Wednesday, December 17, 2008
Oil, And The Calvinistic Conscience Problem, Part 1
I do find it amazing that so many seem to need to walk up and donate when he passes the plate. For what? What do you expect to get out of it? Gore's an old-fashioned southern stump preacher pushing a slightly different doctrine, but I note that he passes the plate just like they do and he lives like the most successful and most hypocritical of the breed.
Perhaps you folks who are falling for this junk need to go to church more and listen to some fire and brimstone sermons. That should allow you to assuage your Calvinistic consciences in a more adaptive manner.
Prominent among the Gorish doctrines is the idea that US gas prices are too low. Too low for what, you ask? Too low to force Americans to adopt more environmentally responsible lives, he answers, as he descends from his jet, climbs into his SUV and drives off to his mansion, escorted by Secret Service vehicles. But that does not ring a skepticism bell in your Calvinistic conscience, which is why I think Americans are acting out some cultural mandate. Even Americans aren't this stupid.
I'll pick on two non-stupid people who I think have strong focuses on duty: Tom Carter at Opinion Forum and Carl at No Oil For Pacifists.
Tom Carter read this WaPo editorial and got all enthused about a federal gas tax hike, quoting from the editorial to explain all of the wonders this will accomplish:
…would stimulate the market for new fuel-efficient cars; defund mischief-making petro-states; and cut carbon emissions. Not only that, it would reduce traffic, curb urban sprawl and, by giving drivers an incentive to drive more slowly, improve highway safety. …
A higher gas tax would buy valuable public goods: national security; a cleaner environment; and safer, less congested streets. No matter what, Americans will have to pay for all of that. Why not do it the simple, straightforward way?Carl looked at the oil situation mostly accurately, but concluded that federal intervention was necessary to prevent a "market failure".
This, of course, is the dilemma of both new fossil fuel fields and alternative energy development: Pumping crude from under Arabian and Iraqi deserts costs under $5/barrel; oil sands/shale, new off-shore drilling, and all renewable sources costs well more. Falling oil prices--or, what is the same thing, increased OPEC production quotas--can wipe-out alternative capital investments at a stroke.
This, I think, is the principal energy market failure, and the sole area where (departing from MaxedOutMama) I support government intervention. Not a gas tax, but perhaps forward government energy purchases to keep energy projects active during periods of falling crude prices. It's better than rooting for the OPEC cartel to cut supply.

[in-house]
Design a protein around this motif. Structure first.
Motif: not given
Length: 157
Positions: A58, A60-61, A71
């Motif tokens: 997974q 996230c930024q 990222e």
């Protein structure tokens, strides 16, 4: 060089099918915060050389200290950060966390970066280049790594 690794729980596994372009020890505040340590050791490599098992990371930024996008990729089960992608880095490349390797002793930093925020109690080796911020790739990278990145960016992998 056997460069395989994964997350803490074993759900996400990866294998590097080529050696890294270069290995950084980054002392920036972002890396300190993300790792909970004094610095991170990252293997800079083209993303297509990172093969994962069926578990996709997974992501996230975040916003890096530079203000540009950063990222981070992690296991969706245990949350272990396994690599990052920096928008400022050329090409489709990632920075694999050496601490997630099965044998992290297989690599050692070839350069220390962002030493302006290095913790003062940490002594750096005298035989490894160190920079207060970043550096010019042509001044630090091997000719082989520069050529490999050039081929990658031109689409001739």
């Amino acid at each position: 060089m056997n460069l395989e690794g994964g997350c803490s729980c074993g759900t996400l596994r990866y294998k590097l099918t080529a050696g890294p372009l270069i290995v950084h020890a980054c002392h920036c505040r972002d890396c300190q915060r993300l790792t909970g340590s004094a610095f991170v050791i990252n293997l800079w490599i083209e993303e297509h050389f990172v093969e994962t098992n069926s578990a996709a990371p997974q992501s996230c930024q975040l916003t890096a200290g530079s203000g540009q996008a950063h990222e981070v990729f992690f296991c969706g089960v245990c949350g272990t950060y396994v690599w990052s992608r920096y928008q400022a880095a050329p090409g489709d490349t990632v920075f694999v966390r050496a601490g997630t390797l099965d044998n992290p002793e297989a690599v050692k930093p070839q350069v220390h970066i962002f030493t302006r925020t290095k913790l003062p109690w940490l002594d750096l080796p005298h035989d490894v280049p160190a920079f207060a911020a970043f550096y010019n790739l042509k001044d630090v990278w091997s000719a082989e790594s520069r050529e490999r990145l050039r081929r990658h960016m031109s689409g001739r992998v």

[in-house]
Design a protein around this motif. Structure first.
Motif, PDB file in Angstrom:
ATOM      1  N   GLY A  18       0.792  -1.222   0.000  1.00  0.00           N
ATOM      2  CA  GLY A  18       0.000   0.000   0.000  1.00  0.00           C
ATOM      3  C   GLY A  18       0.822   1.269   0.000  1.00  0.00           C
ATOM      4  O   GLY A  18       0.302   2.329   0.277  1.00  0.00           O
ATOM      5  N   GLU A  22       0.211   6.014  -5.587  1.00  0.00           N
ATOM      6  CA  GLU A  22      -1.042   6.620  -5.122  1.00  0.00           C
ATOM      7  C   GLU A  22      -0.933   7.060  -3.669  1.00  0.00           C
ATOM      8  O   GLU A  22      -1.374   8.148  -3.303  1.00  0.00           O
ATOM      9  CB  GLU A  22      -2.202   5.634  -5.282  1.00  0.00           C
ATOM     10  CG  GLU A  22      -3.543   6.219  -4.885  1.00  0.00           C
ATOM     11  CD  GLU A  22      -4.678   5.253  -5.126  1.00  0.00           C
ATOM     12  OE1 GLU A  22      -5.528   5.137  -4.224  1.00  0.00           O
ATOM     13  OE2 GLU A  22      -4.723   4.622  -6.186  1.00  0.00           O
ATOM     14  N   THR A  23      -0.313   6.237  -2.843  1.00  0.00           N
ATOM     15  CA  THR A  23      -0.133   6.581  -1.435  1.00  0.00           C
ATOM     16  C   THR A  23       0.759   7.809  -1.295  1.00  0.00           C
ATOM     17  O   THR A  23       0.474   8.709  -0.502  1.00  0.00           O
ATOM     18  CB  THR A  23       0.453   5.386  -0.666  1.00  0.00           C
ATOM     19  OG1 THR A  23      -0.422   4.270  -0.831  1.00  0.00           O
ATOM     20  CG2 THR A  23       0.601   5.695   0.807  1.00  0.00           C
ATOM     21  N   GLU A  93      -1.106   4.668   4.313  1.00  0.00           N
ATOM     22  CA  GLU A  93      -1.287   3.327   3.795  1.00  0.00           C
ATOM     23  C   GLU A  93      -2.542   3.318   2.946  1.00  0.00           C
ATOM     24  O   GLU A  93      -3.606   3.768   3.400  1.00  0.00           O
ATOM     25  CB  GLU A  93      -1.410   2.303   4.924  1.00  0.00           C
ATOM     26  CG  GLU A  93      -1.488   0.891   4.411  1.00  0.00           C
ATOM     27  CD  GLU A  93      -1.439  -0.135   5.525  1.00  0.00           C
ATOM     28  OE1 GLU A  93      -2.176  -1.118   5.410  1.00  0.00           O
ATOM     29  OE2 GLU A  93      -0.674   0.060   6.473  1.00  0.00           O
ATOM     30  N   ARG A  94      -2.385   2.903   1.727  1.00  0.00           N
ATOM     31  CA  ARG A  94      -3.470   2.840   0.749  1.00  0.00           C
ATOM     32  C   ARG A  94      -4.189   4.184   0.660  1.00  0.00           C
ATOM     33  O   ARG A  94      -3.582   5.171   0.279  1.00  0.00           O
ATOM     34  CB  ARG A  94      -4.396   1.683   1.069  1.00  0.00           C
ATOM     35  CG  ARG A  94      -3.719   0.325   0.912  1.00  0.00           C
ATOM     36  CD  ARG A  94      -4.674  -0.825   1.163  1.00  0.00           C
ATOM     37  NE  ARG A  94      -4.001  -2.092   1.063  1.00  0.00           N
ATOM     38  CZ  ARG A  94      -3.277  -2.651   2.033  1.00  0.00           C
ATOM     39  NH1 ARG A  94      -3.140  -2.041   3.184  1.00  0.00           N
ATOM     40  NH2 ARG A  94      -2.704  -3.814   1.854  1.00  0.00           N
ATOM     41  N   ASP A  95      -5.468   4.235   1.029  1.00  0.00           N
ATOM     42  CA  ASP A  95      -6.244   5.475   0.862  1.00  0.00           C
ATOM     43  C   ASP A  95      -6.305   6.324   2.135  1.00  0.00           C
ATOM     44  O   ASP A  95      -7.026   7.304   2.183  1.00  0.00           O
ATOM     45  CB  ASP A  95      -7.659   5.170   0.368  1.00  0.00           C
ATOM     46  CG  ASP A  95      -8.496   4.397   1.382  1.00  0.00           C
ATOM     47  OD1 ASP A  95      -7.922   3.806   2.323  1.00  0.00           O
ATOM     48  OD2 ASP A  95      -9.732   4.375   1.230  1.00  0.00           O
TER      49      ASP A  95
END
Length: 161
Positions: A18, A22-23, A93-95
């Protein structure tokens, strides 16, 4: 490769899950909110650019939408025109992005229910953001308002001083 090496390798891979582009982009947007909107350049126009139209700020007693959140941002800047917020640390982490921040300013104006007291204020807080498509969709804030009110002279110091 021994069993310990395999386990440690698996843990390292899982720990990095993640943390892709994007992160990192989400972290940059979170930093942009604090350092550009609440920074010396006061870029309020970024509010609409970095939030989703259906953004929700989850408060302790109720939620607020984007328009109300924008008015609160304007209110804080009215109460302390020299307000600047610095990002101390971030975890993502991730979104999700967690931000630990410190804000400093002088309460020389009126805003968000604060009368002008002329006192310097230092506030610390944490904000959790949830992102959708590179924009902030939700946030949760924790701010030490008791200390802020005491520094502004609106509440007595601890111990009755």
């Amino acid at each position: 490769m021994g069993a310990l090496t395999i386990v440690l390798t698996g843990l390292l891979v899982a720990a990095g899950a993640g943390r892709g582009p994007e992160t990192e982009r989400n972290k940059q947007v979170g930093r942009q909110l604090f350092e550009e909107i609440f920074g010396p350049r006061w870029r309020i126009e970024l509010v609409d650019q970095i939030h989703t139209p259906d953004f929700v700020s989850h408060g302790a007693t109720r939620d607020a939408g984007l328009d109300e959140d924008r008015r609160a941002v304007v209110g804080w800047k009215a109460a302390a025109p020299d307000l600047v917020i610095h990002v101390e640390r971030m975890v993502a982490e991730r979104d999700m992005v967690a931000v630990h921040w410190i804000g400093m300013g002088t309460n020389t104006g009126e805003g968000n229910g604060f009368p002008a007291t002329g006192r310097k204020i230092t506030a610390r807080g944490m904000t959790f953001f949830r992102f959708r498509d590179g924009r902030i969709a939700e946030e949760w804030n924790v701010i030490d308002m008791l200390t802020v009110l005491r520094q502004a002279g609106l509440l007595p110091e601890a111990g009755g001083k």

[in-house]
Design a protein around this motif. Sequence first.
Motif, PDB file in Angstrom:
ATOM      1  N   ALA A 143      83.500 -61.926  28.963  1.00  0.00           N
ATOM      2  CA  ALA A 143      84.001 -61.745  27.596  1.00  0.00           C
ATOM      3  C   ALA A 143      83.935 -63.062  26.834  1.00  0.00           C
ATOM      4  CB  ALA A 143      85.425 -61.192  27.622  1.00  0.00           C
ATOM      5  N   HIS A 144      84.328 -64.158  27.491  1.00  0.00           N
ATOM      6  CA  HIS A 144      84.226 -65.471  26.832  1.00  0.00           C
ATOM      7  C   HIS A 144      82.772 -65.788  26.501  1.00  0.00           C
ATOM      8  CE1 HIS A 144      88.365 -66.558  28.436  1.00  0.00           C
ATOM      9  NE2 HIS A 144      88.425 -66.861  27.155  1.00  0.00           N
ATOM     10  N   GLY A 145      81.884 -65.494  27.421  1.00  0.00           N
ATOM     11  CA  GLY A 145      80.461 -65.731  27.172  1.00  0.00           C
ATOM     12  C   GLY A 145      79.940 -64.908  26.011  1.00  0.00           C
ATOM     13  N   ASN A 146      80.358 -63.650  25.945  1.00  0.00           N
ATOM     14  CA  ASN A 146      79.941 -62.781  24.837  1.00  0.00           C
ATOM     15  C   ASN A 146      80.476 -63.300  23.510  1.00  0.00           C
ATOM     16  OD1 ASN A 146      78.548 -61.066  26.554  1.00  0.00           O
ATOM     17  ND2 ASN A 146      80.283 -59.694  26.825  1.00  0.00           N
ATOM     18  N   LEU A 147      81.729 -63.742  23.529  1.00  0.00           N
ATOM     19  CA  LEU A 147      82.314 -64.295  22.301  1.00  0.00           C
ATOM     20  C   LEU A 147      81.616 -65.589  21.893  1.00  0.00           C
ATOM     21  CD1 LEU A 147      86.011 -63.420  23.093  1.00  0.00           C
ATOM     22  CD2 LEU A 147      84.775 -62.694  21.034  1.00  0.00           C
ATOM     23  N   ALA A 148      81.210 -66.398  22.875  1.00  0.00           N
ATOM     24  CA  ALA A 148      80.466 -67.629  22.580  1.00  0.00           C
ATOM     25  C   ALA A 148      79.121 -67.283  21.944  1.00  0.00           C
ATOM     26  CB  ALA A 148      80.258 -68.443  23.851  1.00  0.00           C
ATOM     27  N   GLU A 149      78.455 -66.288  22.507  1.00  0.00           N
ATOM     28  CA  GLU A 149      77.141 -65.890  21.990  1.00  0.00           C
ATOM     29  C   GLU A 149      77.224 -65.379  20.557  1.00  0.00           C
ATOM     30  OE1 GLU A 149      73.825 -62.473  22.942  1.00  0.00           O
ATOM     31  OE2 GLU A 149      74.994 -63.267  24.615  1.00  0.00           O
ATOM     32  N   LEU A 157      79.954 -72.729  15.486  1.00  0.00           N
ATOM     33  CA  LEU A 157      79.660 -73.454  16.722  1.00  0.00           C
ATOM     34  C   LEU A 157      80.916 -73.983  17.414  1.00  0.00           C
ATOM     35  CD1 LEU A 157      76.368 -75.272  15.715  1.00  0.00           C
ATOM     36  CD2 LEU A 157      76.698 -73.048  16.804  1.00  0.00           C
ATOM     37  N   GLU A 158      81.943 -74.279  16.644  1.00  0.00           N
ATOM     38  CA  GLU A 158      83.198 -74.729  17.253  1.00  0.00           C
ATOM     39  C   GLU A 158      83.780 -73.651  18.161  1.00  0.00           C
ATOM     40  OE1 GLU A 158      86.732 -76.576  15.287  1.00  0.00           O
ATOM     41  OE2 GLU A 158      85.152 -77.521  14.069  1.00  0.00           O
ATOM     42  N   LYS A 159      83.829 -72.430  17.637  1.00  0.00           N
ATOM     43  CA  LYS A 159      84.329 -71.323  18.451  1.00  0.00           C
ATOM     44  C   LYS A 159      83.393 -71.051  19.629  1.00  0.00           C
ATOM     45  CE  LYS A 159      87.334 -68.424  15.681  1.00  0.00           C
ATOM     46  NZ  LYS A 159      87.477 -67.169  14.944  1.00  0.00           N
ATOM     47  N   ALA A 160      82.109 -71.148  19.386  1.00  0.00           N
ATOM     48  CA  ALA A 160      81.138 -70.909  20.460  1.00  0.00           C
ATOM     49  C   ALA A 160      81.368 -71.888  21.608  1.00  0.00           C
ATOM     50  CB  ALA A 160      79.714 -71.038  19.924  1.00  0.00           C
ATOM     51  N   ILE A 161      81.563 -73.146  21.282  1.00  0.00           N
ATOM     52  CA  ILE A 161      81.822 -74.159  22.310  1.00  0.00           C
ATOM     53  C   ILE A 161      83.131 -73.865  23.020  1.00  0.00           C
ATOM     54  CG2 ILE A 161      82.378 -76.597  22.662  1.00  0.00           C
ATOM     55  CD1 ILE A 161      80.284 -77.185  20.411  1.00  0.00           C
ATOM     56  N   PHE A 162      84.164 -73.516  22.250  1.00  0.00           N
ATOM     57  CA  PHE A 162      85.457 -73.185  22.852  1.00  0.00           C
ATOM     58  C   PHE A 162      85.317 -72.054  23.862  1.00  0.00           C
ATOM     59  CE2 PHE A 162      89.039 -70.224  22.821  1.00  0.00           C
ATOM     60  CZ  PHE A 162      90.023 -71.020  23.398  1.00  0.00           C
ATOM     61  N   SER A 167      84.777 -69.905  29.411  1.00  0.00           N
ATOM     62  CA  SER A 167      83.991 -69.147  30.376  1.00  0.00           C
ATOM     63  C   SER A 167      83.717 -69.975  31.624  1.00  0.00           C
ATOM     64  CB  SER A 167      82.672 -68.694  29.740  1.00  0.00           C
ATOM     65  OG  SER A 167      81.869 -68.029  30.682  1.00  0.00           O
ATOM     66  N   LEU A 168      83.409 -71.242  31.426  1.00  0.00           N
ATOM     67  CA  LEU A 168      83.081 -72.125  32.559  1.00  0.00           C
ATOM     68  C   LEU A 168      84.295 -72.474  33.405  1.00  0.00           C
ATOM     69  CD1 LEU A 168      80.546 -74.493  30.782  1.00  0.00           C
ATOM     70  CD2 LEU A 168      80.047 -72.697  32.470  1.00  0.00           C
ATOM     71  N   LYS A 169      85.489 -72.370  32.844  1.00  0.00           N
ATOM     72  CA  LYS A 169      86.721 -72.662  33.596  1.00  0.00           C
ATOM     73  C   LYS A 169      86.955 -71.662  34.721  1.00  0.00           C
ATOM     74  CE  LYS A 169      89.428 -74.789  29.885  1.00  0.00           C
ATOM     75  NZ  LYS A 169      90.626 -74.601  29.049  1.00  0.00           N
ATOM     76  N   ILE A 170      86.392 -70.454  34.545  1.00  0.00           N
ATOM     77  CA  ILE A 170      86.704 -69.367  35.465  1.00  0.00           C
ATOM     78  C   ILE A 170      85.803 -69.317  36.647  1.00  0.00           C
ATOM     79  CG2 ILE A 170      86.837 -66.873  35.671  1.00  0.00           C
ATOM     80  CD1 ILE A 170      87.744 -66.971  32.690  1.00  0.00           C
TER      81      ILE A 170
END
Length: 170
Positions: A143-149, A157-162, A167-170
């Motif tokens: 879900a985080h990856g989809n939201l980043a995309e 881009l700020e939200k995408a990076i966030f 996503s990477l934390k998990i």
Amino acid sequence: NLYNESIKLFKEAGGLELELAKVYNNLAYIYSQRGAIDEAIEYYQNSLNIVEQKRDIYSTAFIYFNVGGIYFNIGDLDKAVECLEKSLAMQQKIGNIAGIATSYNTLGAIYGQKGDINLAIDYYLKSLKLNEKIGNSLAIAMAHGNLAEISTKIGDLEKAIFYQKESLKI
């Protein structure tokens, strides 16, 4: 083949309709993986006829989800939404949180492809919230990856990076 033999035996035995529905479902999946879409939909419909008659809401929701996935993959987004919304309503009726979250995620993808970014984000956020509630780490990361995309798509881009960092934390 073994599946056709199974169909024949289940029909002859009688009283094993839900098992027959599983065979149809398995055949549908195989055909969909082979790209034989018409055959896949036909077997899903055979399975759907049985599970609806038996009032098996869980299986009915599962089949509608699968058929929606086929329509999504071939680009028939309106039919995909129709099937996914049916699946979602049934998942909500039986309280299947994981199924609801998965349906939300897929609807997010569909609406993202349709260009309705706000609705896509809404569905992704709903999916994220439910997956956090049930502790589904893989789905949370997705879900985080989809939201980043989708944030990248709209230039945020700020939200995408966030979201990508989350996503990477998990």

I hate to get in the way of all of these bugle calls to duty, honor and self-sufficiency, but let's be honest. If the market cannot absorb the cost of oil at $100 a barrel without the world economy tipping into a recession, then a retraction in the demand for oil and consequently lower prices are not a market failure. Those consequences are instead the effect of the market functioning. The reason that the alternative energy sources will be wiped out is therefore structural reality in the world economy, and raising the cost of oil artificially to compensate will just prolong and/or deepen the disaster.
If you want to dispute the bolded statement above, please explain why the energy prices that collapsed the world economy will be any less damaging if you are using biodiesel. Seriously. I await this explanation with great interest. We know we can produce biodiesel at $95 a barrel. We may be able to eventually do it at around $75 a barrel in reasonably large quantities. Let's be optimistic and say we get it to $65. What's it going to do to our ability to compete and produce goods if the rest of the world is slurping oil up at $38?
Brazil produces ethanol at substantially lower costs than recent gas prices, but the US government imposed a high tariff on Brazilian ethanol to prevent it from beating out US-produced corn ethanol. In 2006, after adding transport costs, etc, Brazilian ethanol should have had a wholesale US price of slightly less than $2.00.
So the effort, all told, in the US of government policy has not been to fuel alternative energy in a cost effective manner - no, it has been mostly a vote-buying mechanism which had unfavorable implications for the many sectors of the US economy. (Background: see the much higher energy efficiency of ethanol in Brazil, and a CARD article.)
Electric vehicles, if we ever decide to start producing enough cost-effective electricity to power such a fleet, are also a possible alternative.